To which there’s only one reply. “I don’t know yet.”
When I put down the pastels, to that faint internal click of “done,” I look to see what emerges: a phoenix, plump with eggs. Inspired, I bet, subconsciously, by a book I’ll notice later sitting out in the living room, cover bearing the tall grey/brown shaggy swan neck of a Moa bird.
To return to answer more fully, “How could I make moments of sacred joy a priority in 2015?”
- Make sure there’s a bucket of pastels on the kitchen table in my house and pads of paper near by for my children and any adult in the house.
- Carry on my father’s tradition of shrining life as we go, continuing to cultivate conscious altars of beauty in the house.
- Bring colored pencils to the “Writing Past Fear, Free Your Butterfly” workshops I’ll be leading this year for my first poetry collection November Butterfly (Saddle Road Press) so we can doodle on our strings of paper dolls as we consider the mentors we love.
- And to put Sunni’s ideas directly into practice, I’m making a daily morning color meditation doodle…holding in mind that notion of sacred joy. Wouldn’t sacred joy also be mingled with the deepest emotion we are feeling at the time? So some days that might mean doodling to sacred grief. I’m thinking about this thanks to a fellow quester, Julie Jordan Scott, who writes here and gives visuals for “Soul Grief Portraits.” I’ve started a board on Pinterest for the daily doodle around #sacredjoy: #Quest2105 Sacred Joy Doodle Board after Sunni Brown. Join me!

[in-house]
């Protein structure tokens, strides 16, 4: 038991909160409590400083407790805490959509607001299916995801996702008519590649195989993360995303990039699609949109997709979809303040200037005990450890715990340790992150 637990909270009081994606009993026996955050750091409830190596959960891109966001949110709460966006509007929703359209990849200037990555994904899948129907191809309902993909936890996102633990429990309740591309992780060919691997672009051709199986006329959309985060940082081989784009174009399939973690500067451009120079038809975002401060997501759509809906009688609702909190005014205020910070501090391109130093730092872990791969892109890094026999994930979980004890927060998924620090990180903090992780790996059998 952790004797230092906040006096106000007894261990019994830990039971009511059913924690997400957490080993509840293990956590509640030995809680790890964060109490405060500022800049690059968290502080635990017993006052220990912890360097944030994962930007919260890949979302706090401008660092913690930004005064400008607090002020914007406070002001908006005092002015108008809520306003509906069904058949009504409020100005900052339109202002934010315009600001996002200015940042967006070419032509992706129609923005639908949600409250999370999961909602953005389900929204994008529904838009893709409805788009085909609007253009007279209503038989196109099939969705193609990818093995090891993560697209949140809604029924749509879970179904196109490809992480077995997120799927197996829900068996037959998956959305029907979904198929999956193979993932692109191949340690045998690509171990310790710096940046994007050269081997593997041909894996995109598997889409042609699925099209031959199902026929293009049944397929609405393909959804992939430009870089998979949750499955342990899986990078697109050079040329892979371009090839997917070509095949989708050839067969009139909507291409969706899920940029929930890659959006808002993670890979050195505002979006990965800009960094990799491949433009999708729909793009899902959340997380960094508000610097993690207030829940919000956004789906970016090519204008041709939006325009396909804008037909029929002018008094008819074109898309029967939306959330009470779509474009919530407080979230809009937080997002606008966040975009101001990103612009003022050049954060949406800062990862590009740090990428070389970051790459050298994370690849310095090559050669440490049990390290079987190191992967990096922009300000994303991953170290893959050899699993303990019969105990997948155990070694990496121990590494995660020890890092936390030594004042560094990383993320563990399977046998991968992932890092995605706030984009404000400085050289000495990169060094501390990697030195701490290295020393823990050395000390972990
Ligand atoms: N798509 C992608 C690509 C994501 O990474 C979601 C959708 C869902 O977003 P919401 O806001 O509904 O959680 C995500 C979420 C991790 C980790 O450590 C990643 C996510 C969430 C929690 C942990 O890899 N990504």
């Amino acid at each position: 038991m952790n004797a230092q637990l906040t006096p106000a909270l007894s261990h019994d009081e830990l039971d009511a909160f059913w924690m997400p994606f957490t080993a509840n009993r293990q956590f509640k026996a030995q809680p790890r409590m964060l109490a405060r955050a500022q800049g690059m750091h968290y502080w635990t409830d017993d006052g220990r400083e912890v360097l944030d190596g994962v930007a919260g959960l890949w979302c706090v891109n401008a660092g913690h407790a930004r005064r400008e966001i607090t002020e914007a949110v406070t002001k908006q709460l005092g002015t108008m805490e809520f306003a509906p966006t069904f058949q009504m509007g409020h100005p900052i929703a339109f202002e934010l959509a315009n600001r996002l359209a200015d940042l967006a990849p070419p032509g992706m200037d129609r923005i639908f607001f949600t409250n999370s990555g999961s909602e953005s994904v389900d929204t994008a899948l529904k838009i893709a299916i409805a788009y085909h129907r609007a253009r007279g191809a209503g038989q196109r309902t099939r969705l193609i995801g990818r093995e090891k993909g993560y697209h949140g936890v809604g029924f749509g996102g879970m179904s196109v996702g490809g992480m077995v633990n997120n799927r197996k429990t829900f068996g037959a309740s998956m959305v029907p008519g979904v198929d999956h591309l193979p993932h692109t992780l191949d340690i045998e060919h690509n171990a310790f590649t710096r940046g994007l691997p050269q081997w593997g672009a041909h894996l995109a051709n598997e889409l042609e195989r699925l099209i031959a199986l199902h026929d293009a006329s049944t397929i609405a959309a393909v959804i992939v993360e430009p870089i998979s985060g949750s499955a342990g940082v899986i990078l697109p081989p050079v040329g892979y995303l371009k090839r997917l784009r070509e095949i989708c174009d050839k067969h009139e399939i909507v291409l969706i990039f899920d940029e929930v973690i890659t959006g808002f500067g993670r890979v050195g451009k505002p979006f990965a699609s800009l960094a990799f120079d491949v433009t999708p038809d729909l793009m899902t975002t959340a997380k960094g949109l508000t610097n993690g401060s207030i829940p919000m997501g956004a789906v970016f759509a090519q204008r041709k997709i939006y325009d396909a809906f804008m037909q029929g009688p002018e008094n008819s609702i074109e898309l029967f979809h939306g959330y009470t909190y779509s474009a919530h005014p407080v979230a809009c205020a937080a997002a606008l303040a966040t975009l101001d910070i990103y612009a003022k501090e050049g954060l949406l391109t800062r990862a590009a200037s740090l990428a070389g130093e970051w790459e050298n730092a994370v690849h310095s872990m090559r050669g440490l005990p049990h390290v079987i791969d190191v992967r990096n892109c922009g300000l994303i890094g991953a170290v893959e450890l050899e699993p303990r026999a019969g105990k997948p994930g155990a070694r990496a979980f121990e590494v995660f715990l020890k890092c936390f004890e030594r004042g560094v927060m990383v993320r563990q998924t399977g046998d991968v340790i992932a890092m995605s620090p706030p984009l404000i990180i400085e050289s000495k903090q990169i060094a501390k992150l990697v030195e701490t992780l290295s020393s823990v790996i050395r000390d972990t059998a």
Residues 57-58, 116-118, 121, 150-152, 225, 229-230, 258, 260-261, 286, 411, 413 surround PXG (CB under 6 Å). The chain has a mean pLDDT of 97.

I’m not alone in these musings and ruminations. Here is a brief sampling of other questers considering this idea as well (from the hundreds! I wish I could include everyone each time, but I’ll include a handful of links as I can each time I post):
Sacred Joy Doodling by Ginny Lee Taylor (Ginny invites you to create your own doodle practice and share your doodles on her Facebook page)
Doodling Into More Joy for 2015 Jeffrey Davis on Youtube says early on in his video: “Drawing itself brings me joy…and puts me in a sacred space however you define sacred. It puts me in a space of stillness and flow…”
Building a Sacred Joy Practice by Molly Morrissey; here’a quote from that post: “Putting one’s self in the crosshairs of Joy pays dividends”